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What’s in a name? The use of historical terminology to describe colour

Business is business

Carole-Cornflower
When a fringe lab uses a historical descriptor like ‘cornflower blue,’ consumers believe the stone is on par with ones described as such by reputable labs.

Labs have always felt pressure from dealers to name exceptional stones. One main reason they might have succumbed is that labs catering to the precious gemstone industry are not the same as a university research lab or government lab. By that I mean they don’t receive public money. Instead, they are businesses that serve the trade. The ‘big’ labs and the smaller ones, as well, have a challenging job of maintaining their integrity, while accommodating the base that sustains them.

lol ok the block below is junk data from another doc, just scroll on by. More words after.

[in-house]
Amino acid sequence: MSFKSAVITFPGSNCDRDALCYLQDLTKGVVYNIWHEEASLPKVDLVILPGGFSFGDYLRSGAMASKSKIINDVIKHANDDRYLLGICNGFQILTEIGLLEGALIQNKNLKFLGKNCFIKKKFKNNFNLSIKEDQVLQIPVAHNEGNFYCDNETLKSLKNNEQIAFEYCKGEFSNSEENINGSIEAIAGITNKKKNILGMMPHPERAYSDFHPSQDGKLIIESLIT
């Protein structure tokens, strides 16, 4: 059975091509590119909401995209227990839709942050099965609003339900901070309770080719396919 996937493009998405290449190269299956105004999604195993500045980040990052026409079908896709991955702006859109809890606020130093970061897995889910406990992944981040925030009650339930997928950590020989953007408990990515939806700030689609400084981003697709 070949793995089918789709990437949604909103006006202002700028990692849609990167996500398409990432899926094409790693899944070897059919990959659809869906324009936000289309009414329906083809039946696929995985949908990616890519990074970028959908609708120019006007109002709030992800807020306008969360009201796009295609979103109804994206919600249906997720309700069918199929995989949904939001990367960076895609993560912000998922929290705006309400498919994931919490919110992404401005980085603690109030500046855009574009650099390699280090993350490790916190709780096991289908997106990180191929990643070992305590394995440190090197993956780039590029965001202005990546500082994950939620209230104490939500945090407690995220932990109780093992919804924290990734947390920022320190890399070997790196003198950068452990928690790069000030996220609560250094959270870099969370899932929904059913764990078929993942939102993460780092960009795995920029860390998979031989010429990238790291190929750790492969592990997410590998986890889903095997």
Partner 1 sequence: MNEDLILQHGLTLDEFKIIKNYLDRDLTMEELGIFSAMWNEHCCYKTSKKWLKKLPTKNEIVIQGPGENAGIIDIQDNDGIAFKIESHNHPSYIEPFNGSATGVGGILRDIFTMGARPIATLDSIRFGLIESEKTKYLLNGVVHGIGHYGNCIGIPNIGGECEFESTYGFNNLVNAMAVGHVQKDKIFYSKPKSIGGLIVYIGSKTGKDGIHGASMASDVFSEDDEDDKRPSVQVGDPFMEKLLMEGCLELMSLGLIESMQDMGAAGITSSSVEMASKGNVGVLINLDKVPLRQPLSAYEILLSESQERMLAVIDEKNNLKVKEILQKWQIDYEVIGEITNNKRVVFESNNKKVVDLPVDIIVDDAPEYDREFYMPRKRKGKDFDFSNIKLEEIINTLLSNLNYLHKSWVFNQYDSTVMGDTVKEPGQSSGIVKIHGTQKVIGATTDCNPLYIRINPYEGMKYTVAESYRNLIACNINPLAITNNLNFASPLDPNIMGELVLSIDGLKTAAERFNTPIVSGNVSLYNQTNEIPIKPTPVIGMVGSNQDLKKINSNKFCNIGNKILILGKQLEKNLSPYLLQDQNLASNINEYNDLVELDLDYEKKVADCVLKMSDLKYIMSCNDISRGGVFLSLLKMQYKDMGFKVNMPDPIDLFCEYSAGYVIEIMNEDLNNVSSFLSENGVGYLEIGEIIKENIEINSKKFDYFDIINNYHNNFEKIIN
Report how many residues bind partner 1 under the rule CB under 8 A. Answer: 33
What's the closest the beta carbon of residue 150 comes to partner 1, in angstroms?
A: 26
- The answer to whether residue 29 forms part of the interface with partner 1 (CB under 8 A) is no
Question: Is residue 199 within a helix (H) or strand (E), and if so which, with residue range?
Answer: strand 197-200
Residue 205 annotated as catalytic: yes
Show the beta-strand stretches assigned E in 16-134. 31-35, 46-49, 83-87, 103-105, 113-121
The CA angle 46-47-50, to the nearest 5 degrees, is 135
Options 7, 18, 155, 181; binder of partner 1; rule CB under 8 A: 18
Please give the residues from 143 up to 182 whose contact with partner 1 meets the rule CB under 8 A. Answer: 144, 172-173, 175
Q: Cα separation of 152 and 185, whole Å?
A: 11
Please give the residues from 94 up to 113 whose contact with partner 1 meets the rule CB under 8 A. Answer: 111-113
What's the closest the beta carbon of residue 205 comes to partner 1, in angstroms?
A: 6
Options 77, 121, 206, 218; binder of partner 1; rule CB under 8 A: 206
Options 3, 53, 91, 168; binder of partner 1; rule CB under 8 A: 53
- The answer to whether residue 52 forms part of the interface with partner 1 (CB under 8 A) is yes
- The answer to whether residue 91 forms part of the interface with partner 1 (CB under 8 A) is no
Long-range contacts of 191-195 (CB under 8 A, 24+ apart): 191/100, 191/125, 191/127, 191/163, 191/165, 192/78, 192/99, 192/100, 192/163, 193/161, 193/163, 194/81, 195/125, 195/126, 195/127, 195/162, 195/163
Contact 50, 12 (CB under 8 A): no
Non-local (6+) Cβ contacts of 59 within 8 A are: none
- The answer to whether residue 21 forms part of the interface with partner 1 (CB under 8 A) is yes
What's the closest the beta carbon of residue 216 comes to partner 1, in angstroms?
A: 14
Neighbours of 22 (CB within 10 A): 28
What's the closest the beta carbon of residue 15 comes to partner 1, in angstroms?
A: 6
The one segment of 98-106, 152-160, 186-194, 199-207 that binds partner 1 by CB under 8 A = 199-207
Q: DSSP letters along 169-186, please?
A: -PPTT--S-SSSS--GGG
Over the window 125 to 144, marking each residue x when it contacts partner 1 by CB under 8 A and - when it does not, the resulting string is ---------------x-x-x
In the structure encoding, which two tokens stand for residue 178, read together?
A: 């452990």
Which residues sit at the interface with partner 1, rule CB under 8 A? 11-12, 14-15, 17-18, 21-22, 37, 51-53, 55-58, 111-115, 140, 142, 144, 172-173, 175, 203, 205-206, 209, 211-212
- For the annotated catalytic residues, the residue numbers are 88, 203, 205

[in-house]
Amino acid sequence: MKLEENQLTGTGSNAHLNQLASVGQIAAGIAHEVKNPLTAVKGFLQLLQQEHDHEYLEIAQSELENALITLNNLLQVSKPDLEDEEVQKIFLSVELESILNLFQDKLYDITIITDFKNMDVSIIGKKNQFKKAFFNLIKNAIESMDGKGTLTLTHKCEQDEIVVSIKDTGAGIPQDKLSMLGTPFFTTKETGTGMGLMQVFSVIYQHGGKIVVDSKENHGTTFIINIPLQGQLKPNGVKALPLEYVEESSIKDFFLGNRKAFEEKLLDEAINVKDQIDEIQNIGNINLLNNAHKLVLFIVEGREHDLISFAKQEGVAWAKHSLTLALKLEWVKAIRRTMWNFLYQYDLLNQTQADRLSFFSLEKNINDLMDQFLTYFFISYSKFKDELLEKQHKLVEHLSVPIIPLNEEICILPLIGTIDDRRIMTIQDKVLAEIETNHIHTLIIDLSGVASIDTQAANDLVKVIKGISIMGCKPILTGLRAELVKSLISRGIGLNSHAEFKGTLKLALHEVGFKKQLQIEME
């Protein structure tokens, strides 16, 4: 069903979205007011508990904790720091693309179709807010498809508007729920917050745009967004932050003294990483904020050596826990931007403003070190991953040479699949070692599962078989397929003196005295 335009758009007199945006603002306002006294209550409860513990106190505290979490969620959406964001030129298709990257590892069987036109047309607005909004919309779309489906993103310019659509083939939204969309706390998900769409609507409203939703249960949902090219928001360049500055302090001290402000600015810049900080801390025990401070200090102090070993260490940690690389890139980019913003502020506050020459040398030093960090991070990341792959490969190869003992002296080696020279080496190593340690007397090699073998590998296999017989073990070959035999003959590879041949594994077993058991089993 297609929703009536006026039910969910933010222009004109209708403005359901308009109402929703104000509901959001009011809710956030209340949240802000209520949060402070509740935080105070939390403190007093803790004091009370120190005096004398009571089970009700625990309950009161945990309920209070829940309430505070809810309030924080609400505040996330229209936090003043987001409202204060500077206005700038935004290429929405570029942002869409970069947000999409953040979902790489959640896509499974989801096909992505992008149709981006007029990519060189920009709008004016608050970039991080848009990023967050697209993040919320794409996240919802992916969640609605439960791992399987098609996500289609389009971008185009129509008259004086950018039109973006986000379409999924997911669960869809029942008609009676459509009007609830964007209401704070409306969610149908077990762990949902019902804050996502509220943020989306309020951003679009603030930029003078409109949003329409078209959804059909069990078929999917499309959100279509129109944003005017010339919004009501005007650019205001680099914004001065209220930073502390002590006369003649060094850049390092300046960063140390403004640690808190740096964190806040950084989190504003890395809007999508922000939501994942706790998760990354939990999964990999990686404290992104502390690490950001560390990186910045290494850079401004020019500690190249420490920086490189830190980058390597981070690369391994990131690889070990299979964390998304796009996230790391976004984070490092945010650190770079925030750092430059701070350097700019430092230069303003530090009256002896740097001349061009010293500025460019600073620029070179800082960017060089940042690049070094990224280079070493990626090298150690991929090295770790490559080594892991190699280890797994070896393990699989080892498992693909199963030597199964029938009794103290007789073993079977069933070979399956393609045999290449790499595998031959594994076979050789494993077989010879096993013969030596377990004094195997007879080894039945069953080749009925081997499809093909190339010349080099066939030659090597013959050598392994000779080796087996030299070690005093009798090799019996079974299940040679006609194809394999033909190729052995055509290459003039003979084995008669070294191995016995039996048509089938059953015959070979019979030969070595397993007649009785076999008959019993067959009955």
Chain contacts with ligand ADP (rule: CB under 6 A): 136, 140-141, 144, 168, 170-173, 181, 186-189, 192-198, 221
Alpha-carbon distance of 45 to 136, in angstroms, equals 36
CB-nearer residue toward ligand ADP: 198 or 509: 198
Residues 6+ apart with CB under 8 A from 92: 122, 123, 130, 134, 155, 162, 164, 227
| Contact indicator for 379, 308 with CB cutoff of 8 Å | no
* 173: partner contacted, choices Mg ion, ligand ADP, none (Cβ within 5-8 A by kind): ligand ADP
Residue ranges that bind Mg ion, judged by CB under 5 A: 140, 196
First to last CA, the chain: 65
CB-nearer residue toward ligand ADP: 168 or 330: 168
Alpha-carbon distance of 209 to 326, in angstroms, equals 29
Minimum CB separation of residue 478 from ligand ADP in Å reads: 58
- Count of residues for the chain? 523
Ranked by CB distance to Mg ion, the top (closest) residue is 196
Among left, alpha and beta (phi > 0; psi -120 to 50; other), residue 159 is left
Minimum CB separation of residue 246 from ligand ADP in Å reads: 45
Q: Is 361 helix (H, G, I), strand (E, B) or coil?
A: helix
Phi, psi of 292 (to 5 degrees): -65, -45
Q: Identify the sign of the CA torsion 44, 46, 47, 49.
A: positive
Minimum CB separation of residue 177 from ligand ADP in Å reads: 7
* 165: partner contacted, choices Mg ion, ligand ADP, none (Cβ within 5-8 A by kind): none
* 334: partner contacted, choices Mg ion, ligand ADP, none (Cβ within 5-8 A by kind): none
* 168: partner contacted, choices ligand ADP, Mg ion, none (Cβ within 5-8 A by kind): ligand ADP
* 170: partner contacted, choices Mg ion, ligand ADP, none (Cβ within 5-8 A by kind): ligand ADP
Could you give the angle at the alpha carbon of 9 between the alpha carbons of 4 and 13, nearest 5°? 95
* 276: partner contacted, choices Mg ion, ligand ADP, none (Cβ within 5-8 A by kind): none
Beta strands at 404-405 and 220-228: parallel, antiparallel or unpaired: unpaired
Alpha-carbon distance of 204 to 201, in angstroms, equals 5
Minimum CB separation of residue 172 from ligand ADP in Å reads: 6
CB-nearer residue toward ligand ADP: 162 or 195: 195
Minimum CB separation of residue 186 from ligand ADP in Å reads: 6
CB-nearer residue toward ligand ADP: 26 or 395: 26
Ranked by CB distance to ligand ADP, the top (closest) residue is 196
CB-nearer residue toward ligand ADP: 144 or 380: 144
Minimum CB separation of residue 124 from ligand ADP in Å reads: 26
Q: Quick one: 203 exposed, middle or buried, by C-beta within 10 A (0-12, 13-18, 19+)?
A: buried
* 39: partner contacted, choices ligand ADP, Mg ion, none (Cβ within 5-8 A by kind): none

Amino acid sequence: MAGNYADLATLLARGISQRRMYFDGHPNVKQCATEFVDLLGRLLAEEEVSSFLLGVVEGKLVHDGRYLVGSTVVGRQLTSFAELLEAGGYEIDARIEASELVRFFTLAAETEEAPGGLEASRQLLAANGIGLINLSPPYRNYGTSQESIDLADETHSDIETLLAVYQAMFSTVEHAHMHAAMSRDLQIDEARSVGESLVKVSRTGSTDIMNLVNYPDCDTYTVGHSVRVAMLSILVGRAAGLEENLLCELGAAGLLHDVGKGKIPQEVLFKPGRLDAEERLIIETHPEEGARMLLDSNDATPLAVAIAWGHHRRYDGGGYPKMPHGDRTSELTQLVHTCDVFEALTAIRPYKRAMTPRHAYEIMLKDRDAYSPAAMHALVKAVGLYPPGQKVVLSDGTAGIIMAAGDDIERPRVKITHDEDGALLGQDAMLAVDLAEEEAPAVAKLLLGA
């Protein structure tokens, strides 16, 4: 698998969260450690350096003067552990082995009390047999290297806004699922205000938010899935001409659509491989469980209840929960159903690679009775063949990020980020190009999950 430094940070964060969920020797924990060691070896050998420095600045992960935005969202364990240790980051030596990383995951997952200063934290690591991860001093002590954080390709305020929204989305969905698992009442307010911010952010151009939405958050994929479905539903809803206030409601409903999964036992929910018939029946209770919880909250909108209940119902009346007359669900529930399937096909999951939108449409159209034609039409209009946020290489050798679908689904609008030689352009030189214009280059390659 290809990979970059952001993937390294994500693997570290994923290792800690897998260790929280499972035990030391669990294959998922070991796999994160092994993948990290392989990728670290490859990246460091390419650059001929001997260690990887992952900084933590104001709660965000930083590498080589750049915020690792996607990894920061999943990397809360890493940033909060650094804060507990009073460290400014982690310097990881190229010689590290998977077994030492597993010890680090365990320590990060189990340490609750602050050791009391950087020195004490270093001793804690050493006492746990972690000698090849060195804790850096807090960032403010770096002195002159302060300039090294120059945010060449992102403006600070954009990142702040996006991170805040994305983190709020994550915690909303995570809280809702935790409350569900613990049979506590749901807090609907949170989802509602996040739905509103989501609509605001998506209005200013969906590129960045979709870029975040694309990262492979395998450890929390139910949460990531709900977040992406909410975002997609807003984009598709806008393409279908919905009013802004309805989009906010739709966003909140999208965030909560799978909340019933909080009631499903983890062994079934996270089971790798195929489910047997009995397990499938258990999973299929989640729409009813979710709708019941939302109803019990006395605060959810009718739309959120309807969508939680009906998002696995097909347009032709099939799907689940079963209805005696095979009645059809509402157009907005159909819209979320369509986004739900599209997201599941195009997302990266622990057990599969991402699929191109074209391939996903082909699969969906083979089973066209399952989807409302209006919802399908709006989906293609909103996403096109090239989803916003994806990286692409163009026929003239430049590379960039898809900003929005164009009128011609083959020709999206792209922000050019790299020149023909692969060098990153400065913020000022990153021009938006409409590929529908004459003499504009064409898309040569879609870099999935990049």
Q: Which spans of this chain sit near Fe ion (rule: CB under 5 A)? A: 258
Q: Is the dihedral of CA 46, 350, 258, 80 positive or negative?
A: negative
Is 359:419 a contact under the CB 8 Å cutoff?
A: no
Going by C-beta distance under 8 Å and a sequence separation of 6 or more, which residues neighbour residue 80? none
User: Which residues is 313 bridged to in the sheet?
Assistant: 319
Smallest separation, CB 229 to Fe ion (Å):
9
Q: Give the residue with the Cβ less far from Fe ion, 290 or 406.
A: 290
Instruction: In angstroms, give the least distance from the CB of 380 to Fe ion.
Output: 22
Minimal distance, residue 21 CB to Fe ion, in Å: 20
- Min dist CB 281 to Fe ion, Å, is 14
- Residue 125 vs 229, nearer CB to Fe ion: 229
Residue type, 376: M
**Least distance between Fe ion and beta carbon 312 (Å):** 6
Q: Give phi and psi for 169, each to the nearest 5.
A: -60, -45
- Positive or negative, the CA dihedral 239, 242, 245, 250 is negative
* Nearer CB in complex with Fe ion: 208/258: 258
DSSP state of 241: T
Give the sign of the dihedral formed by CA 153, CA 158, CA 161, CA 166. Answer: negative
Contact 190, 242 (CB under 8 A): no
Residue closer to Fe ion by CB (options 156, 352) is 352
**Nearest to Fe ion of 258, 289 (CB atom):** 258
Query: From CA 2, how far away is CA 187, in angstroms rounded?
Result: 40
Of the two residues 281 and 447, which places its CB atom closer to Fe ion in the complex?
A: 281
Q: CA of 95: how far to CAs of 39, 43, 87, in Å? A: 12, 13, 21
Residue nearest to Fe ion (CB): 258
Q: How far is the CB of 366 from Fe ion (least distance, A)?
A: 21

To better understand the sentiment and reasoning behind this trend, in addition to surveying fellow valuers, I spoke to the principals of two reputable gem labs: Christopher Smith, who heads American Gemological Laboratories (AGL), and Richard Hughes from Lotus Gemology. Both had compelling points of view, but were polar opposite. Hughes said it is difficult to remain competitive without attempting to satisfy the trade, while Smith said he believes using historical terminology actually limits business. To put this in perspective, Lotus joins GIA, Swiss Gemmological Institute (SSEF), Asian Institute of Gemological Sciences (AIGS), and Gübelin Gem Lab in using these terms. In contrast, AGL does not.

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